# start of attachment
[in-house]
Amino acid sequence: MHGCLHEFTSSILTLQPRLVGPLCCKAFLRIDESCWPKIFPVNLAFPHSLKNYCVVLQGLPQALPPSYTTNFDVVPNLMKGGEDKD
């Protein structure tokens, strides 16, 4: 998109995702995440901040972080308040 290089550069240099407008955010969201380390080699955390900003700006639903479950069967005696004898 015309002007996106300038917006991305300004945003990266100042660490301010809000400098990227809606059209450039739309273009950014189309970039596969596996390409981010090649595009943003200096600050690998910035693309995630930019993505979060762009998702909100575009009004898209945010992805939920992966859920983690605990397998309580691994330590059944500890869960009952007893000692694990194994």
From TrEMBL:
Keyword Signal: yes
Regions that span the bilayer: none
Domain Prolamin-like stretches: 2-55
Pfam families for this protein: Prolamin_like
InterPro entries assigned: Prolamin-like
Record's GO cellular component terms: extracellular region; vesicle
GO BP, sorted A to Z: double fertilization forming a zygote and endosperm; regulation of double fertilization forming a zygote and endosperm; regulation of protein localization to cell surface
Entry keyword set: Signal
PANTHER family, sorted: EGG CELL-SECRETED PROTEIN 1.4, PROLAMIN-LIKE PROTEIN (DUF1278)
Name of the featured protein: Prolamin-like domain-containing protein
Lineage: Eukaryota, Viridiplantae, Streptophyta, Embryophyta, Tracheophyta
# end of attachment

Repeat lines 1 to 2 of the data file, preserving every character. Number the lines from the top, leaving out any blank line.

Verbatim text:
[in-house]
Amino acid sequence: MHGCLHEFTSSILTLQPRLVGPLCCKAFLRIDESCWPKIFPVNLAFPHSLKNYCVVLQGLPQALPPSYTTNFDVVPNLMKGGEDKD